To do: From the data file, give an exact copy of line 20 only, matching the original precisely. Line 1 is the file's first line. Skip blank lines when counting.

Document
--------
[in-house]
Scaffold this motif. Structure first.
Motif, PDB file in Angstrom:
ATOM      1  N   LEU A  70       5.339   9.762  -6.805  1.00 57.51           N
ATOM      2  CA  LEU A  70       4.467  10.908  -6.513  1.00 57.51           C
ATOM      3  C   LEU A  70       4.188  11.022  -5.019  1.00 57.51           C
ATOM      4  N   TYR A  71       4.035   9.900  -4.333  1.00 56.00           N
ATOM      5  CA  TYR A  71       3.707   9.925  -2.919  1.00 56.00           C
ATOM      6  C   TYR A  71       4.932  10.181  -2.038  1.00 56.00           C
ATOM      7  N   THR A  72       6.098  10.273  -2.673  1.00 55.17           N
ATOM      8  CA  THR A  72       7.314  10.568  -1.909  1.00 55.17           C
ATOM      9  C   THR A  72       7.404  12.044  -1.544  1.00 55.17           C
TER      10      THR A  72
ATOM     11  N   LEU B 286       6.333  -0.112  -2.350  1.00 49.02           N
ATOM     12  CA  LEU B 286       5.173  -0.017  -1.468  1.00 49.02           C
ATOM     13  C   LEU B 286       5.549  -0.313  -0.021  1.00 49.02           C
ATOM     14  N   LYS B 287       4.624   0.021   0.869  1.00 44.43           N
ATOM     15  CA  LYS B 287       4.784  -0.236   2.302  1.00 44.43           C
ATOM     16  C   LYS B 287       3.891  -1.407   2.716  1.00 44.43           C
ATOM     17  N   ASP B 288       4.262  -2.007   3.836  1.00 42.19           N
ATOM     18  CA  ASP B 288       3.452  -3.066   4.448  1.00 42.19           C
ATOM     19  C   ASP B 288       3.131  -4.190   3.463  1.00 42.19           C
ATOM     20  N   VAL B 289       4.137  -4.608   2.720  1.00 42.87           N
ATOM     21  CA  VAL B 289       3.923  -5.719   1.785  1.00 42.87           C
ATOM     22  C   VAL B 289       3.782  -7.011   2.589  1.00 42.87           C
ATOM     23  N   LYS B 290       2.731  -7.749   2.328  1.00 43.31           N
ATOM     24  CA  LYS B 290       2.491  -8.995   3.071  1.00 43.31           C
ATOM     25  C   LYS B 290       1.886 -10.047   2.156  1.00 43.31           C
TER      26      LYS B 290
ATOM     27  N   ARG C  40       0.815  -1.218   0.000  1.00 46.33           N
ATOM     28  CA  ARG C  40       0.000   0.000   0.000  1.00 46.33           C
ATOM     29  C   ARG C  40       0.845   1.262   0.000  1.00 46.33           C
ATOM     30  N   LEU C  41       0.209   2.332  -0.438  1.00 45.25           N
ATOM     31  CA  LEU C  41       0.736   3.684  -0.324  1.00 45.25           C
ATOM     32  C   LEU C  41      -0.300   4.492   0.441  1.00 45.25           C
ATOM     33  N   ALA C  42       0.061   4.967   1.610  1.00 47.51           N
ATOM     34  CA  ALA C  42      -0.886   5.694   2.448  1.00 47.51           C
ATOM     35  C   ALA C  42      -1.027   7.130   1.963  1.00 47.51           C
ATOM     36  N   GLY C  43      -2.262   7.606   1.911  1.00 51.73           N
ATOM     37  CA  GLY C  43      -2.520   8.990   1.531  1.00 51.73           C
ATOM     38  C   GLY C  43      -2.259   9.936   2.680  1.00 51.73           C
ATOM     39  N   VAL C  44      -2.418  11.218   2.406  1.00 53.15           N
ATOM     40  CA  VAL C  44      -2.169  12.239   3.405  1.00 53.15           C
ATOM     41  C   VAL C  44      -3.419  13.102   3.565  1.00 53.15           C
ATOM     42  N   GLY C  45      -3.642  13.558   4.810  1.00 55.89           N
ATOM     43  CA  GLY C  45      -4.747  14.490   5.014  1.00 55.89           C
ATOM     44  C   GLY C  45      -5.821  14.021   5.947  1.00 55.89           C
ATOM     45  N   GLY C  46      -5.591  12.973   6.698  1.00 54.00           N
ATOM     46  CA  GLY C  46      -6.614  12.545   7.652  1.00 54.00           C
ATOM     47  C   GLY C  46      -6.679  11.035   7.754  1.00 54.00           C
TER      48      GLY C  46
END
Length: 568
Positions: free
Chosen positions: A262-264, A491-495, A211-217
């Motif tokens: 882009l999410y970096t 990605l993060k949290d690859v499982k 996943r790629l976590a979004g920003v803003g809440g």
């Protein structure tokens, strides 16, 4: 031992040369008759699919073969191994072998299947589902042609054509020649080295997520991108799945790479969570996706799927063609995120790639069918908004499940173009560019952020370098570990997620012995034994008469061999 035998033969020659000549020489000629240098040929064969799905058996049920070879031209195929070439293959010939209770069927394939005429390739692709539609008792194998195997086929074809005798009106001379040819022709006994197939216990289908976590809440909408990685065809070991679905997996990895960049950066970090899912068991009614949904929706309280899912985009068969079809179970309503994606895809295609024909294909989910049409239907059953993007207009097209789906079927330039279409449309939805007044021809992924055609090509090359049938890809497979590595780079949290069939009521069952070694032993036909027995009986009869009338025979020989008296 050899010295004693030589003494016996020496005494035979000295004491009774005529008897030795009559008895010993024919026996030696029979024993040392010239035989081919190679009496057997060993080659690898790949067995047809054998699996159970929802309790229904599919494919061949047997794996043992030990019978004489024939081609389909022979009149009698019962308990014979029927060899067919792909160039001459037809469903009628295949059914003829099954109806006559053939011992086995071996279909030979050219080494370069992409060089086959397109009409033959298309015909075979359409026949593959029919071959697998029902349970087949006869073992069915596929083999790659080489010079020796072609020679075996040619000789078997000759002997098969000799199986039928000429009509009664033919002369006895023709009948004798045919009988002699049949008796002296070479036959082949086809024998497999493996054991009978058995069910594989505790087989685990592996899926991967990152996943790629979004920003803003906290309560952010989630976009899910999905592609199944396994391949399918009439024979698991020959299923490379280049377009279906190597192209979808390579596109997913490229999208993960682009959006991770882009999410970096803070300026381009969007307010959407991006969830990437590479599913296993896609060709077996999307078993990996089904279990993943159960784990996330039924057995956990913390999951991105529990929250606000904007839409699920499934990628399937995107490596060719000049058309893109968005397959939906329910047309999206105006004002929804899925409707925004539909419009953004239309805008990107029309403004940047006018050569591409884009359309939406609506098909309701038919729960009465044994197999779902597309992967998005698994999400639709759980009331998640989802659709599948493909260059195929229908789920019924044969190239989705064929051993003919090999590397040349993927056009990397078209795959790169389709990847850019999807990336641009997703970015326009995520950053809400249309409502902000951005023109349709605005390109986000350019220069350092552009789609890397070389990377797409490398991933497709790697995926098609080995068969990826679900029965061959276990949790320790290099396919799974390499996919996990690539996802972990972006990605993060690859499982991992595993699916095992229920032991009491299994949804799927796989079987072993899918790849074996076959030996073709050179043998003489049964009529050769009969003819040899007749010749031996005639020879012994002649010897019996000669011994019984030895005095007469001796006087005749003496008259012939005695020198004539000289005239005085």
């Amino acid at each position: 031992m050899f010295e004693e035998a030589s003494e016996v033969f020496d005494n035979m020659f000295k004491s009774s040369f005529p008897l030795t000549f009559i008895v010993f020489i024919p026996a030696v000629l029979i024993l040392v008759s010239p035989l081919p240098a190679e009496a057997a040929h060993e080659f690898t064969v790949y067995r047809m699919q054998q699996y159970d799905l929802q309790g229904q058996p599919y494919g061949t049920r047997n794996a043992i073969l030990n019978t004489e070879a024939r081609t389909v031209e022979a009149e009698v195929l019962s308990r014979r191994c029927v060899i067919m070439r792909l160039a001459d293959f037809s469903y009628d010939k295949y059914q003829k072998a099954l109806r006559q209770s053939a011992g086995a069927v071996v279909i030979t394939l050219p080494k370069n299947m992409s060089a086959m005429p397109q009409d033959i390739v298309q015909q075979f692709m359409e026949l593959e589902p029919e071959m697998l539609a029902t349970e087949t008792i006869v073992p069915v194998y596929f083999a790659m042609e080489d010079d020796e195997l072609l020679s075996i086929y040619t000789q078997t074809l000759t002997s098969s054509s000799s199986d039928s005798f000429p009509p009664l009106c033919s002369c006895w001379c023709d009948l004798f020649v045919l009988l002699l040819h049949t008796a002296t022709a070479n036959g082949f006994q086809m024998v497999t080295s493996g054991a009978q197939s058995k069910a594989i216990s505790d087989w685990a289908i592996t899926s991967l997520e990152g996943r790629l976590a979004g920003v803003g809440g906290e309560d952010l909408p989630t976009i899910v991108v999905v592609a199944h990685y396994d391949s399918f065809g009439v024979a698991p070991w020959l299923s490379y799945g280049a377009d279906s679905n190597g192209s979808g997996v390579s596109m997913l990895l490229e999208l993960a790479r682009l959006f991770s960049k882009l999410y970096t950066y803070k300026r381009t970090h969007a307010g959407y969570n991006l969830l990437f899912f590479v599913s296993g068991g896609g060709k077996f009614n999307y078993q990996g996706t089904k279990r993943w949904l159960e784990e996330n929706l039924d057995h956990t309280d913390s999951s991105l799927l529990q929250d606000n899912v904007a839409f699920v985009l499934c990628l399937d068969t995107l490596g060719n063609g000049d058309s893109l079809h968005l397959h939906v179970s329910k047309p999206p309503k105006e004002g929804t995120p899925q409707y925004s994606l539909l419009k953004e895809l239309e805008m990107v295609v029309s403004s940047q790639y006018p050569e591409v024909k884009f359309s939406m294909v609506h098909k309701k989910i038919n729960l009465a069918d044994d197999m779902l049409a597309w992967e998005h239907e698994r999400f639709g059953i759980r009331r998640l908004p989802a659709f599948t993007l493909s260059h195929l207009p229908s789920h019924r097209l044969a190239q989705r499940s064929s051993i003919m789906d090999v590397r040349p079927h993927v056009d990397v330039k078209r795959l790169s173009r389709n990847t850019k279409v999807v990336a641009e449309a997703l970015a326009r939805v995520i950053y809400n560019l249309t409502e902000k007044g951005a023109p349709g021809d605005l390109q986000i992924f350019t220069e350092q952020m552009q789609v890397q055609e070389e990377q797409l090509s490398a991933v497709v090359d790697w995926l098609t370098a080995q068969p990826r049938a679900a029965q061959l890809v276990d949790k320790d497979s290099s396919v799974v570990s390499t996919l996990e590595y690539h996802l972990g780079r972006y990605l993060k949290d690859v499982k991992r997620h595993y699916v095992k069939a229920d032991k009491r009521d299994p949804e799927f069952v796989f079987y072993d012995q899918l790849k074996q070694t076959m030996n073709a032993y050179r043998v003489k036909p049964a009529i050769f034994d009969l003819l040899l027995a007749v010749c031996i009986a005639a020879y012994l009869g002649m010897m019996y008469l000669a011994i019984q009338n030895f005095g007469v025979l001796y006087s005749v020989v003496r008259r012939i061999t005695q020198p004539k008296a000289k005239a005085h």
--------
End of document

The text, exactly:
ATOM     17  N   ASP B 288       4.262  -2.007   3.836  1.00 42.19           N